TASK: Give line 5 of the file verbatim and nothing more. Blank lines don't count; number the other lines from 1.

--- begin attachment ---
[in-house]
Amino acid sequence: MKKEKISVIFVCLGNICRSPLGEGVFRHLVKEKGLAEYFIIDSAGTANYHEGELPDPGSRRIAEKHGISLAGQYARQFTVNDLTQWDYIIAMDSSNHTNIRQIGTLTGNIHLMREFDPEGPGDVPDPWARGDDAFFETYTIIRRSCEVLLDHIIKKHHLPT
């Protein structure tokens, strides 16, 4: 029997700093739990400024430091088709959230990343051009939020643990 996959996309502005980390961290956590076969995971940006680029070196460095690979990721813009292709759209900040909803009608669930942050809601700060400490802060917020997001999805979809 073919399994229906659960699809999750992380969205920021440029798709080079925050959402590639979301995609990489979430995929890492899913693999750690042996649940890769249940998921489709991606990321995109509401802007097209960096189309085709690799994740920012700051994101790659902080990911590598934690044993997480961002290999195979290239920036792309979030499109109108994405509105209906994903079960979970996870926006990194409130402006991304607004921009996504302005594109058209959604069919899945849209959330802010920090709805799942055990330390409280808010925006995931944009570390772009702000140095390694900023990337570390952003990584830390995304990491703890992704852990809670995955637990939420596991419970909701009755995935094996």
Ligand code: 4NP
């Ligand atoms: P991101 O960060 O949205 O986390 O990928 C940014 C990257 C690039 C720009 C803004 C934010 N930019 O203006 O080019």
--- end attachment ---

């Ligand atoms: P991101 O960060 O949205 O986390 O990928 C940014 C990257 C690039 C720009 C803004 C934010 N930019 O203006 O080019």